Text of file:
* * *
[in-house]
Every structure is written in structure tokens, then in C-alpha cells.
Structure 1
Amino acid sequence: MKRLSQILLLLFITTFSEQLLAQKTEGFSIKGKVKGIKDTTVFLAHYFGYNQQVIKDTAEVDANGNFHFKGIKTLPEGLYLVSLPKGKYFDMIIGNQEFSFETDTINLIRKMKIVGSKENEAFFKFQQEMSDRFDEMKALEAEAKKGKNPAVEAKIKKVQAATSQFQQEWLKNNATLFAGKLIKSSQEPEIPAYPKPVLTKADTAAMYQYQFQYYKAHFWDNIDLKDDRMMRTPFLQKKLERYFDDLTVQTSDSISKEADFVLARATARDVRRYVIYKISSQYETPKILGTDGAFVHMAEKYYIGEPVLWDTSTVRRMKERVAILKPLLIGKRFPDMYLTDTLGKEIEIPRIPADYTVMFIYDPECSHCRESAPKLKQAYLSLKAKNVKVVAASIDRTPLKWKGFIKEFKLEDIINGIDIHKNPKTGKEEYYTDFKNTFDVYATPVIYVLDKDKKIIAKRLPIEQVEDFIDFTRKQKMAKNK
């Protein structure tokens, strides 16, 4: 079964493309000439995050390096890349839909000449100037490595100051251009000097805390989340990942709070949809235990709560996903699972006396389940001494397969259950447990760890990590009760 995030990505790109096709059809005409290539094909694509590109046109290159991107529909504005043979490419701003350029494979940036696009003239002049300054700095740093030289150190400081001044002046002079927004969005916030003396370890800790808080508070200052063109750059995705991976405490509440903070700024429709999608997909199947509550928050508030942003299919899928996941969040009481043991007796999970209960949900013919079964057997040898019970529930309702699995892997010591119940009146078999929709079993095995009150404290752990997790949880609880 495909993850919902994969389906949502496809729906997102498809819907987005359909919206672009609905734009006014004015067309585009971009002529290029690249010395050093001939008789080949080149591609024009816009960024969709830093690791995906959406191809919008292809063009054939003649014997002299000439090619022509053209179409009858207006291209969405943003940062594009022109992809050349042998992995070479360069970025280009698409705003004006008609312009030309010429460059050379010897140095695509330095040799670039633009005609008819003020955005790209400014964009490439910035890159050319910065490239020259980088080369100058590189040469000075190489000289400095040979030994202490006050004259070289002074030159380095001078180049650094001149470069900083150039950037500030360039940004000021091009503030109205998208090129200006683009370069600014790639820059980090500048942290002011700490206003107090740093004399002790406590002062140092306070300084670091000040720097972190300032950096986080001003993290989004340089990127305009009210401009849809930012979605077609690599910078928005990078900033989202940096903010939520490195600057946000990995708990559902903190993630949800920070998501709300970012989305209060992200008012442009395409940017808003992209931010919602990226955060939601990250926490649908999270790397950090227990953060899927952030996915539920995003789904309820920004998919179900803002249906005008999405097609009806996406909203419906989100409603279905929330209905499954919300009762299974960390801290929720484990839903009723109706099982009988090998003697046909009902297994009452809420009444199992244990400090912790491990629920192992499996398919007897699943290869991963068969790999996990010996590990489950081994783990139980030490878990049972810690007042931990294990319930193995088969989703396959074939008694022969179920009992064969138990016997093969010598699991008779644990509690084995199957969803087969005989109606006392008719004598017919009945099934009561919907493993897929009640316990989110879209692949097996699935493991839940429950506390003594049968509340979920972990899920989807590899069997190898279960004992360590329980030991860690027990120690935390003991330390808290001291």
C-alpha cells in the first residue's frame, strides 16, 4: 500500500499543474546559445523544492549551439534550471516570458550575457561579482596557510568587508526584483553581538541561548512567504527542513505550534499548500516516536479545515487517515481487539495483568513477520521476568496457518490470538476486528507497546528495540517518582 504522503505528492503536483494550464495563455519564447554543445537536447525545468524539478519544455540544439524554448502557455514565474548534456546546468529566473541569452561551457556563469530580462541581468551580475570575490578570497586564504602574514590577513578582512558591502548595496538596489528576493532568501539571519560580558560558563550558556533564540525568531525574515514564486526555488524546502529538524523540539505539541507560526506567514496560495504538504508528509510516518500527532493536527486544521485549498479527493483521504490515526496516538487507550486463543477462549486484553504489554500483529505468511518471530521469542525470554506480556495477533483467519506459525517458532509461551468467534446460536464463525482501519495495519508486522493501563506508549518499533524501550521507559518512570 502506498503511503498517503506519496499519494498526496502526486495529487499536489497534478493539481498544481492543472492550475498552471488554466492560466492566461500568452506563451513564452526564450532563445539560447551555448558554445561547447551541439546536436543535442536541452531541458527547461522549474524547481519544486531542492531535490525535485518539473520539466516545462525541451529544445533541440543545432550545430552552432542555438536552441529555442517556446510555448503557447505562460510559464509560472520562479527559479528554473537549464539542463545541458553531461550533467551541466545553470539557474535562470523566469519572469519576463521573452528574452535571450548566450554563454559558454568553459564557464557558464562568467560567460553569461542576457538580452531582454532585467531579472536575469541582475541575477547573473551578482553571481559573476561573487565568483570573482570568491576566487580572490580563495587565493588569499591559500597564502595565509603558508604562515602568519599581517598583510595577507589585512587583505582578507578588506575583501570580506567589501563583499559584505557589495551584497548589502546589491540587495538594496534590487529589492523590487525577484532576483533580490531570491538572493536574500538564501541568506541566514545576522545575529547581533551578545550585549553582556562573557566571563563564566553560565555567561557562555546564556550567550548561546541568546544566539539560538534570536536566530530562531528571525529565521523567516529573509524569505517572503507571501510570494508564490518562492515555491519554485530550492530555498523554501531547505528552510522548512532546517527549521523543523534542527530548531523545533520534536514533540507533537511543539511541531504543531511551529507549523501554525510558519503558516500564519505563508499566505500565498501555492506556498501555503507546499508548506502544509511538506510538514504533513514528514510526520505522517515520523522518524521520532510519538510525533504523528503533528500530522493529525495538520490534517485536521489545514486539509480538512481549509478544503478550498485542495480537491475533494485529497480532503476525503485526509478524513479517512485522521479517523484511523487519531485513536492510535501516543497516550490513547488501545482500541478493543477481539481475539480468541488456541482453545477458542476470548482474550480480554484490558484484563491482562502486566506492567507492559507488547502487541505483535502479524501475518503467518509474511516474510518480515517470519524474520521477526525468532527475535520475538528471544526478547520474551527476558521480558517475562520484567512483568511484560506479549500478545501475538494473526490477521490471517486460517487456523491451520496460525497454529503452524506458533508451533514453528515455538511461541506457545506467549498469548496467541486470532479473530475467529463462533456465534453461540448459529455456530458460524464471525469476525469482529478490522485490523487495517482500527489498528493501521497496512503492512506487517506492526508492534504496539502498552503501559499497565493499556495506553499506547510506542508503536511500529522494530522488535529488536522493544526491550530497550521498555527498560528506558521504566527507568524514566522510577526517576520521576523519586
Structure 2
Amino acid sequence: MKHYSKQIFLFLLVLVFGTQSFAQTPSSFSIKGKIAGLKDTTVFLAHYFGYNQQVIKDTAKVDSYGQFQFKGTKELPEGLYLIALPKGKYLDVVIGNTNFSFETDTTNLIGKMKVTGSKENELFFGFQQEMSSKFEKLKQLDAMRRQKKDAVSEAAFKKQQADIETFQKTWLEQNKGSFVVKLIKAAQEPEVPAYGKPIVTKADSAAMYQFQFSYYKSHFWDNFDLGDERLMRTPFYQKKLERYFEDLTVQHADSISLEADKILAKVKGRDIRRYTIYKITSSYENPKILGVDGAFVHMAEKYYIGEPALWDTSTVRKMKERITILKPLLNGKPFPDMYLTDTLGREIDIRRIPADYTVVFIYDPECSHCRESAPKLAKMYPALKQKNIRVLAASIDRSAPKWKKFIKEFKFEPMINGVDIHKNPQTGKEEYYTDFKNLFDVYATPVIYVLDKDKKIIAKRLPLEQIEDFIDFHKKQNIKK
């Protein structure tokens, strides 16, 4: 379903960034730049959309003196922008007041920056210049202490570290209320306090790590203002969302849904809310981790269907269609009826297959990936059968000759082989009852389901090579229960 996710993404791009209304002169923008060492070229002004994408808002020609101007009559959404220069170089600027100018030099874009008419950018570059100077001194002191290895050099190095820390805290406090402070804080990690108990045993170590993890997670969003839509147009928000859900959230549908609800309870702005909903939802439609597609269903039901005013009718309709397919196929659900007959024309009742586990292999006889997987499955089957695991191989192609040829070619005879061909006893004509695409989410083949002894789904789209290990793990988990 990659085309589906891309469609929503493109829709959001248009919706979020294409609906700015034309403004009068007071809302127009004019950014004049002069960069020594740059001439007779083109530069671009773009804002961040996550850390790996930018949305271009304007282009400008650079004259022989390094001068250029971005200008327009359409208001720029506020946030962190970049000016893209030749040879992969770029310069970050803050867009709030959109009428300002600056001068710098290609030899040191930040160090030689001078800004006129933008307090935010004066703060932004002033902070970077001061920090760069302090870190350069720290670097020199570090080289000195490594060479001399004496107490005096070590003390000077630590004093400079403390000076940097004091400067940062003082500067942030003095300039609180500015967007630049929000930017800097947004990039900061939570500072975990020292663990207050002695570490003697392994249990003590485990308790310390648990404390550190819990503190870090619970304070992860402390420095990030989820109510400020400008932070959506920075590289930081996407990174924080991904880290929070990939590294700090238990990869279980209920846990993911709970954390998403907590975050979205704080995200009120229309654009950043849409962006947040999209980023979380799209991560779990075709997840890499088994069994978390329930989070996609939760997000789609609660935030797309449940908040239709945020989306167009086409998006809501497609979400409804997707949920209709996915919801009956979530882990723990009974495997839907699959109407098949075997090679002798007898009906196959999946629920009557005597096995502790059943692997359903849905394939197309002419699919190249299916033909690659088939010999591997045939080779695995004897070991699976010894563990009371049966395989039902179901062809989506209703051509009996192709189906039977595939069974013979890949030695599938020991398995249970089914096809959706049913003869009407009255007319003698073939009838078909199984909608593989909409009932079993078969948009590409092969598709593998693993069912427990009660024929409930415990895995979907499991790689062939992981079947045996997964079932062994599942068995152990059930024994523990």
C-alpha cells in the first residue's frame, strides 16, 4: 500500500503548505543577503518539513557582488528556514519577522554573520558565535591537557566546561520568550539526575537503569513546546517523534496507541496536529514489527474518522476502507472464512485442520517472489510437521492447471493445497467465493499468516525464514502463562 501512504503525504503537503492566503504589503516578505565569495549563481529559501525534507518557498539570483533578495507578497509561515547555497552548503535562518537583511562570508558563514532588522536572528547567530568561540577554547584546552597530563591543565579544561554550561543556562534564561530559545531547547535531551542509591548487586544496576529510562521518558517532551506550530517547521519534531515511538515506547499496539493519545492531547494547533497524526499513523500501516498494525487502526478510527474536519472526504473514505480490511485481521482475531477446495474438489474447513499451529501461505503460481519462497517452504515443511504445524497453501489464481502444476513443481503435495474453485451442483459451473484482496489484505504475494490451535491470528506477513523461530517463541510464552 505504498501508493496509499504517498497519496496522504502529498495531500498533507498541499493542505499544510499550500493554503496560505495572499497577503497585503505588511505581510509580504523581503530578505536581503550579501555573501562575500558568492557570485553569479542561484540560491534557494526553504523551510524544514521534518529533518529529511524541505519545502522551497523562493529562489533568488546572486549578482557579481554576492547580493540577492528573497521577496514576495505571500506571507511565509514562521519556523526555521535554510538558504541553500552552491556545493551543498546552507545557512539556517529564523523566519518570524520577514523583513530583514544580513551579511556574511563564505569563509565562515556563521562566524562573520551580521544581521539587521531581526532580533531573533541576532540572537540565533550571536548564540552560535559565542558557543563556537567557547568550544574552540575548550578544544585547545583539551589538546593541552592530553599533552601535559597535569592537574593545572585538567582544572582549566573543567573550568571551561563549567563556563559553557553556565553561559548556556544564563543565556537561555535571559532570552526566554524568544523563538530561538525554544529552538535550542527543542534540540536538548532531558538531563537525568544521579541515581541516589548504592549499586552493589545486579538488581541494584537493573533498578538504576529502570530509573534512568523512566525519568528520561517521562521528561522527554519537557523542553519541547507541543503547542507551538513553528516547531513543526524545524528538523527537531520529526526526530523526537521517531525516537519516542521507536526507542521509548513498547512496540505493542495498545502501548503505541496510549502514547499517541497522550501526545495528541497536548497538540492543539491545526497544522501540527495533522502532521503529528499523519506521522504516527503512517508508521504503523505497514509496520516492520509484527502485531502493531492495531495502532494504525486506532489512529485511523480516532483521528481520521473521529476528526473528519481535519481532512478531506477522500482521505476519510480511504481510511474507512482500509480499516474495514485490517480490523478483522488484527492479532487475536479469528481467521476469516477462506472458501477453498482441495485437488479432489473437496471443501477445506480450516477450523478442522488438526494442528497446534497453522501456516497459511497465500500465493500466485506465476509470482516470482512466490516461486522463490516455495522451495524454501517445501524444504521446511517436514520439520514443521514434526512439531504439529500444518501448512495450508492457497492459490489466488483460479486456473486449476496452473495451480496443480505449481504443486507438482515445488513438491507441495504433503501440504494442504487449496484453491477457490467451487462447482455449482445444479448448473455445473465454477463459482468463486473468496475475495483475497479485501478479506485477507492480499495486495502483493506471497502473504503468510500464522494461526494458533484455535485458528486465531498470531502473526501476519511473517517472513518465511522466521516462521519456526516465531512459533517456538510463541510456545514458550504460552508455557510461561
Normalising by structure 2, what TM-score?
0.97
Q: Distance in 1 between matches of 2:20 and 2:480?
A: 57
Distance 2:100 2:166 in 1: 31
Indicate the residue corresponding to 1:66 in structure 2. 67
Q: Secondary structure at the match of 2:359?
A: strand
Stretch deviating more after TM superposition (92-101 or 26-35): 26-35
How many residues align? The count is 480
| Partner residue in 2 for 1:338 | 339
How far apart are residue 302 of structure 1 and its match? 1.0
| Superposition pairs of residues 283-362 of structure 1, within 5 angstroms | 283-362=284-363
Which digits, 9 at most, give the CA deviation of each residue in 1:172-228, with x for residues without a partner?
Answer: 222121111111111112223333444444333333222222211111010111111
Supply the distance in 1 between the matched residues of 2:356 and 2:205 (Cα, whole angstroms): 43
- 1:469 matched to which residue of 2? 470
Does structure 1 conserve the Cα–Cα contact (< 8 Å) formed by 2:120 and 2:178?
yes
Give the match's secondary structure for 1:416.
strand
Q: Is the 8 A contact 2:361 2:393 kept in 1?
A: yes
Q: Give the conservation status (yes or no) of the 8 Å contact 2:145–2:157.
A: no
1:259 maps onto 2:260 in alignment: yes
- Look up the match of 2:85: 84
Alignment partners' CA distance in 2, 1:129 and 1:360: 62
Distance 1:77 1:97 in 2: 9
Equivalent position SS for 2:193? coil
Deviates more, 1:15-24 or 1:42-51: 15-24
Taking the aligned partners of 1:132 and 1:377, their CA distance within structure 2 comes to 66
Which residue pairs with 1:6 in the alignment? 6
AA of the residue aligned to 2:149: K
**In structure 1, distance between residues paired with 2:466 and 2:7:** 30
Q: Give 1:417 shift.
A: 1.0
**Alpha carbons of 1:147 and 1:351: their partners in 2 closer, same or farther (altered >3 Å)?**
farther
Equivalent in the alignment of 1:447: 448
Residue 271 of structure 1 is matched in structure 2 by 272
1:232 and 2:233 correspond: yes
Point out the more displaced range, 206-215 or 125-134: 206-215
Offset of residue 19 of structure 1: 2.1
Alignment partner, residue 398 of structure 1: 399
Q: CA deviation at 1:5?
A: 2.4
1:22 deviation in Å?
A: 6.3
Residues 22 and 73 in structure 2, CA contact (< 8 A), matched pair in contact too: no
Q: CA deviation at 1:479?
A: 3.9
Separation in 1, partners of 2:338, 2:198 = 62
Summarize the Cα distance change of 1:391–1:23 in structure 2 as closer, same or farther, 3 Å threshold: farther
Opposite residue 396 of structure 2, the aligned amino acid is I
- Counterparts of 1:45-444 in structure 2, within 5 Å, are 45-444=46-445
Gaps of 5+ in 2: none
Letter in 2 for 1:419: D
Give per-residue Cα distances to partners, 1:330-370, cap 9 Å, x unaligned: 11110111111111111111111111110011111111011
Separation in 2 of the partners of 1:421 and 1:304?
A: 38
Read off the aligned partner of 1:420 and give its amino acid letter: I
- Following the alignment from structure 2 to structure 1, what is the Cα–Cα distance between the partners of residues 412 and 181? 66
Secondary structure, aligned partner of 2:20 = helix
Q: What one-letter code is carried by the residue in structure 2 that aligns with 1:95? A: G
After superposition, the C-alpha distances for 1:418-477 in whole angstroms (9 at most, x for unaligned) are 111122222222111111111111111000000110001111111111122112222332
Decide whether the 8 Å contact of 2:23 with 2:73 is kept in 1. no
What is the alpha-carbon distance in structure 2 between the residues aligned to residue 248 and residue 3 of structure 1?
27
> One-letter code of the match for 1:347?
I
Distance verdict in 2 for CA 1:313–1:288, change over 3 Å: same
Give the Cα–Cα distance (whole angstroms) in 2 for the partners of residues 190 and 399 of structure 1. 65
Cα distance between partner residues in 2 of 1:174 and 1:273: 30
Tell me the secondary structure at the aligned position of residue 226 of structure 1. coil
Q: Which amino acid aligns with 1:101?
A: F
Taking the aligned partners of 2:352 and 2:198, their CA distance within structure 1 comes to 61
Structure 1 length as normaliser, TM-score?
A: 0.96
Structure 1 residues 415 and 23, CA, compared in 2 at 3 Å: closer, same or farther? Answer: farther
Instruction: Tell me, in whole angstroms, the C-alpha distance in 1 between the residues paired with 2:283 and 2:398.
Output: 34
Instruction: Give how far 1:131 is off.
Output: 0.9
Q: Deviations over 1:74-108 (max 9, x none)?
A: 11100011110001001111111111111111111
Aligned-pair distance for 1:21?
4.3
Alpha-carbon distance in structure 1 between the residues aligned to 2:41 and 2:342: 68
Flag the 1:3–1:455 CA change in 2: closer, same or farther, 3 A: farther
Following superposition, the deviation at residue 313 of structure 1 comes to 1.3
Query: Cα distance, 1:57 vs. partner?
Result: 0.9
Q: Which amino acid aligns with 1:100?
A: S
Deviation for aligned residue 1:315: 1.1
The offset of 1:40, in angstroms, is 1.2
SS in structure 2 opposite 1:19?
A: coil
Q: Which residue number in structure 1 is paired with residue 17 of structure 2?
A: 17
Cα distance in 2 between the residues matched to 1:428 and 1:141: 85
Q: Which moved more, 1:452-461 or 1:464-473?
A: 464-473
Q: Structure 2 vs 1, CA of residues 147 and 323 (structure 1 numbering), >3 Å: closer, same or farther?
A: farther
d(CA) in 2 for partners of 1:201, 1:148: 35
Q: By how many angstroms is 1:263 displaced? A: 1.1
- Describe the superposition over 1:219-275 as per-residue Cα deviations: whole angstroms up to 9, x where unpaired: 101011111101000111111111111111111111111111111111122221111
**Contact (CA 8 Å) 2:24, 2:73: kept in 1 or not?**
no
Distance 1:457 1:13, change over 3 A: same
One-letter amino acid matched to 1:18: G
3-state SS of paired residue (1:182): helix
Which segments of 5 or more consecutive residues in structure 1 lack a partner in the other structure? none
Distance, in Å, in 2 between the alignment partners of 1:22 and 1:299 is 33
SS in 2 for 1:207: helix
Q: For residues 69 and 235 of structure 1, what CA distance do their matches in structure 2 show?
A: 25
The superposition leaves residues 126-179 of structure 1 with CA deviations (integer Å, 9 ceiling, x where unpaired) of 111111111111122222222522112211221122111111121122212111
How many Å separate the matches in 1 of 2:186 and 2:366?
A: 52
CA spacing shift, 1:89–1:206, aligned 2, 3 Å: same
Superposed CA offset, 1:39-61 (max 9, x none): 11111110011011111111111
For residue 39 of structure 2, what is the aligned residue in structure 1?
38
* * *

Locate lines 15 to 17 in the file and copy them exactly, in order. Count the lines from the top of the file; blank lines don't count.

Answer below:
Distance 2:100 2:166 in 1: 31
Indicate the residue corresponding to 1:66 in structure 2. 67
Q: Secondary structure at the match of 2:359?